Insomnia Drug Dosage Too High for Approval, FDA Says


July 01, 2013

Merck announced today that the US Food and Drug Administration (FDA) has informed it that the agency will not approve its new first-in-class insomnia drug called suvorexant until it is available — for safety's sake — in a starting dose of 10 mg for most patients.

Suvorexant blocks the action of neurotransmitters called orexins that regulate wakefulness and sleep.

Merck stated in a news release that it had learned of the FDA's negative decision on its insomnia drug in a complete response letter from the agency. The letter, as described by Merck, reflects the concerns over patient safety that were raised by the agency's Peripheral and Central Nervous System Drugs Advisory Committee in May when it recommended suvorexant for approval at higher doses.

The committee decided that the proposed doses of 15 and 30 mg for elderly patients and 20 and 40 mg for nonelderly patients were effective for both sleep onset and sleep maintenance. An overwhelming majority also agreed that the starting doses of 15 and 20 mg for elderly and nonelderly patients, respectively, were safe. However, the committee narrowly disagreed in a 7 to 8 vote that the safety of the upper-limit doses of 30 and 40 mg was acceptable, given a significant jump in next-day somnolence at those levels.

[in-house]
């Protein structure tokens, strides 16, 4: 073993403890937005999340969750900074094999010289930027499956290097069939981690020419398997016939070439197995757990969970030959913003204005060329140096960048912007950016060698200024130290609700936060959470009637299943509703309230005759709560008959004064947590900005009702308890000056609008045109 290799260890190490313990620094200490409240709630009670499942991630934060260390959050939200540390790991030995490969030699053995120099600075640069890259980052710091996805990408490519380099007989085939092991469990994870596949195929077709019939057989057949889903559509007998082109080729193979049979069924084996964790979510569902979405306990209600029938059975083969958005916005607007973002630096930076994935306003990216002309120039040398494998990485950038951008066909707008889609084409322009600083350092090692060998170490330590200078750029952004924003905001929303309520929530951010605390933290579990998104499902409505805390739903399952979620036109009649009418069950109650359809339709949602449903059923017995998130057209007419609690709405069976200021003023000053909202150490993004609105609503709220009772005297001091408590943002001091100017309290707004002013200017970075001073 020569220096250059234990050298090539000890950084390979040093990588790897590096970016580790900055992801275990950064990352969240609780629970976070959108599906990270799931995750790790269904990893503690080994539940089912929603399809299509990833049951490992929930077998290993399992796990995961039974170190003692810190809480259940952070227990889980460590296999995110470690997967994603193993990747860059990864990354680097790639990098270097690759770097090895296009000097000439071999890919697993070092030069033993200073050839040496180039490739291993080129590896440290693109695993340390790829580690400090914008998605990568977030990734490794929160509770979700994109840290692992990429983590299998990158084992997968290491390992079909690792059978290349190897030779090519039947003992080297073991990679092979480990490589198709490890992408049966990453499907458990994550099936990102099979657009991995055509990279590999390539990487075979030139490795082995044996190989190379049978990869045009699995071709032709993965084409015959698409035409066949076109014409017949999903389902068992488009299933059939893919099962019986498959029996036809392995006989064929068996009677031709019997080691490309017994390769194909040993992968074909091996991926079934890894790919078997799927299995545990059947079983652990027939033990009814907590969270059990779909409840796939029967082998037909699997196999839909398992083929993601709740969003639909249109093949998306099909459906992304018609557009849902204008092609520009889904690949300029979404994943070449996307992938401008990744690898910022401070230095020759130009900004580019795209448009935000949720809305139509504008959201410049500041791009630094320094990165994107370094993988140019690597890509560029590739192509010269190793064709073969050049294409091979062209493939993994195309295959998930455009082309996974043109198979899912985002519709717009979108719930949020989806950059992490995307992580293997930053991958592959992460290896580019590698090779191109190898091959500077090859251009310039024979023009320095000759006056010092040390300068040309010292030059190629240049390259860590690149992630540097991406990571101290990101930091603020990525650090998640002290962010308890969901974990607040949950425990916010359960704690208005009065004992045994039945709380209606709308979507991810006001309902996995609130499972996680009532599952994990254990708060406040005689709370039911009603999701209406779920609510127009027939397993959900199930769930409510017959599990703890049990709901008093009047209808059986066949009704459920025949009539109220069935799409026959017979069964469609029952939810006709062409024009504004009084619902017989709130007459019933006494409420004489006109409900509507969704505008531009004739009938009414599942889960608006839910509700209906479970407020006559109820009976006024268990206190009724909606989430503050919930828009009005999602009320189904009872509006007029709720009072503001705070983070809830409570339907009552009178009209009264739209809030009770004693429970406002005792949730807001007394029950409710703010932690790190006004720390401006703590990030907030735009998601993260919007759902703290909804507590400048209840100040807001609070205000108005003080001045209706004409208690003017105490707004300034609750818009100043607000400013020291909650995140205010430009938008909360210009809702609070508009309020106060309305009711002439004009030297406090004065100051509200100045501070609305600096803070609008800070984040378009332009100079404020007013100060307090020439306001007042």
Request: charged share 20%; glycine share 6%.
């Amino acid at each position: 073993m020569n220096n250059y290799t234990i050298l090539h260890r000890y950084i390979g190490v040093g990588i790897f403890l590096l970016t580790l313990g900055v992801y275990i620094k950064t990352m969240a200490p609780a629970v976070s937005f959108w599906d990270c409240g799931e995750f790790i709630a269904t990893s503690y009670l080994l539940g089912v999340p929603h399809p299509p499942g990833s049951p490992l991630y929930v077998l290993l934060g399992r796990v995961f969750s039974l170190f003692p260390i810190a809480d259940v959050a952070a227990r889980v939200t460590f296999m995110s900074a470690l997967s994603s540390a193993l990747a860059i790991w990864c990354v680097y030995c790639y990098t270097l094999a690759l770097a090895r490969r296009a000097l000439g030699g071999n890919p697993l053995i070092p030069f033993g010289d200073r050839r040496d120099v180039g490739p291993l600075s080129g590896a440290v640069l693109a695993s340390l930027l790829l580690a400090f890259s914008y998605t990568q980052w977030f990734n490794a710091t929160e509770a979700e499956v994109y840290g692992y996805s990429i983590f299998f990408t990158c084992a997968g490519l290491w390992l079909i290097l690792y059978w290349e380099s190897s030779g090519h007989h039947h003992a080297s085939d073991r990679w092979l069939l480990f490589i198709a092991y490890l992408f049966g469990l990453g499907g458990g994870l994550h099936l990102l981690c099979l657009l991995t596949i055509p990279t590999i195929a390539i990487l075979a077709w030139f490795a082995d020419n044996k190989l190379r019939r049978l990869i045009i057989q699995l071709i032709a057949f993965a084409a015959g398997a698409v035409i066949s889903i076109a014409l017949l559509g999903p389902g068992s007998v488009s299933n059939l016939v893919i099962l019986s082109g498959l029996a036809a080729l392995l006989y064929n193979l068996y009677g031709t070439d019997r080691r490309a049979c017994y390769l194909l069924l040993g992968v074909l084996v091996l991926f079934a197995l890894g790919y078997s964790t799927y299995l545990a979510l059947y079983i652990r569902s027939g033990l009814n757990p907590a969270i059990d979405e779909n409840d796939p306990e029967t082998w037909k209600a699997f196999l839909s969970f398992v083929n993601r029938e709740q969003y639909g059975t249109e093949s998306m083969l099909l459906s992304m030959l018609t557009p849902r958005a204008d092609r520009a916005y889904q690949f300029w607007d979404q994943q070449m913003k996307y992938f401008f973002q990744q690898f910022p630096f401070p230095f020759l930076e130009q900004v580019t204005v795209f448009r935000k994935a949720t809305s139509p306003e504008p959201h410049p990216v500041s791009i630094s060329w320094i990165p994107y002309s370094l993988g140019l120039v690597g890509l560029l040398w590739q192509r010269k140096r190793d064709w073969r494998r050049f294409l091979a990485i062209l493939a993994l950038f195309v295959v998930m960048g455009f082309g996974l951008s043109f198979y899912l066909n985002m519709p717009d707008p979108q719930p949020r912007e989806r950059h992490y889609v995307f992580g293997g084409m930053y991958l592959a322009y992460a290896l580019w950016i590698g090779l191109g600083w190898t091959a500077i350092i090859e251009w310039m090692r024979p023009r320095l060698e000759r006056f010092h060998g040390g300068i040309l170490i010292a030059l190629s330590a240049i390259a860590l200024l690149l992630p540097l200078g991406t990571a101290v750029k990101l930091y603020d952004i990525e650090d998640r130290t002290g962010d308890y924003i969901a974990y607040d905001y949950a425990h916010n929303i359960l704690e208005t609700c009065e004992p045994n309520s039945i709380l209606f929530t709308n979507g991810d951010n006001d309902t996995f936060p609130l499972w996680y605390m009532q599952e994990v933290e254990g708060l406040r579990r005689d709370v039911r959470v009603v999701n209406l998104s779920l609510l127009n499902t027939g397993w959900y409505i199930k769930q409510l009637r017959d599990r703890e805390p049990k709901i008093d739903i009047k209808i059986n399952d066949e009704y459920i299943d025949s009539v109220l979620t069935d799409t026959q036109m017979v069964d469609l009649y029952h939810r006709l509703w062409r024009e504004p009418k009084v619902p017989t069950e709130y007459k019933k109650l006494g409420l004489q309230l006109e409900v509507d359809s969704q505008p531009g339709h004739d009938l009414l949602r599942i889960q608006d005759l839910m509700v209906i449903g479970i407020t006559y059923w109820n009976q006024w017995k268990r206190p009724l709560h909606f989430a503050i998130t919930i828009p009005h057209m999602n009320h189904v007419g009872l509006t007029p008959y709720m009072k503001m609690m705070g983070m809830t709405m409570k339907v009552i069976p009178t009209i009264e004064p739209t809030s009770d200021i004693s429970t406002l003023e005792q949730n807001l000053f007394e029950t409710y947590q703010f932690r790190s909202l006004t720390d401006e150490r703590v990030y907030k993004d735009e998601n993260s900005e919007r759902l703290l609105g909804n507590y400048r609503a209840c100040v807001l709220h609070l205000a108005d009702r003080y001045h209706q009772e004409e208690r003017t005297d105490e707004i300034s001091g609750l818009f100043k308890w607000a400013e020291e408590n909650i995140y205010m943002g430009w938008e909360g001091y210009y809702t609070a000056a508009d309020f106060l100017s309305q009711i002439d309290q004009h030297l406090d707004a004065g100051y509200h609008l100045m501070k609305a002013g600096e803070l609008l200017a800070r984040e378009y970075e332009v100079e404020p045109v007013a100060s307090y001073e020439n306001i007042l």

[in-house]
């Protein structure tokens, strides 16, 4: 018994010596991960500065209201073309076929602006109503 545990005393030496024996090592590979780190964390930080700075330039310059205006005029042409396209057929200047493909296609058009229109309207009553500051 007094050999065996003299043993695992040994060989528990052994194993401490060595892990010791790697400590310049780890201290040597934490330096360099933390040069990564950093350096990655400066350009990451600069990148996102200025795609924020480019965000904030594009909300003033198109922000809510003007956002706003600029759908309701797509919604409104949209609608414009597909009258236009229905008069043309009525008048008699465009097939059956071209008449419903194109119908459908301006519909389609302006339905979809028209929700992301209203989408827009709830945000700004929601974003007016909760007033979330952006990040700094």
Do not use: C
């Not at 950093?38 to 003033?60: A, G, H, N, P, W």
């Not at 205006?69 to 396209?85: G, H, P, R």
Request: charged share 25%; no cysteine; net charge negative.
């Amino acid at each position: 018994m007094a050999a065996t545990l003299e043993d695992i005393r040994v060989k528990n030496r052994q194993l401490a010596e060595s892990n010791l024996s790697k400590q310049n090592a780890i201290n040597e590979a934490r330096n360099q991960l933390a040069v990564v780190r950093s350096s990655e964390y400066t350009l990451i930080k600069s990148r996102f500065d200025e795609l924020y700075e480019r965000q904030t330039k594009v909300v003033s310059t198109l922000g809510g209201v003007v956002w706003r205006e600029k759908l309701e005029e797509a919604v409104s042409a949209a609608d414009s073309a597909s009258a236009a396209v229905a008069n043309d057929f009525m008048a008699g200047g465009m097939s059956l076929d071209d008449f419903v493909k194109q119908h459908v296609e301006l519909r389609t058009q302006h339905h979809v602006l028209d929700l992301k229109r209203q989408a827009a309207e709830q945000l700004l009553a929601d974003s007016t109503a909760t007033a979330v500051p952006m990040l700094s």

According to Merck, the FDA advised the company in its CRL that

  • the efficacy of suvorexant has been established at doses of 10 to 40 mg in elderly and nonelderly adult patients;

  • safety data do not support approval of doses at 30 and 40 mg;

  • when the recommended starting dose of 10 mg is well tolerated but not effective, clinicians could prescribe doses of 15 and 20 mg; and

  • the starting dose should drop down to 5 mg for patients who are also taking moderate CYP3A4 inhibitors.

Roger Perlmutter, MD, PhD, president of Merck Research Laboratories, said in the company news release that Merck expects "to work expeditiously with the FDA to make suvorexant available as the new treatment option for patients from insomnia."

Neither Merck nor the FDA would make a copy of the complete response letter available to Medscape Medical News.


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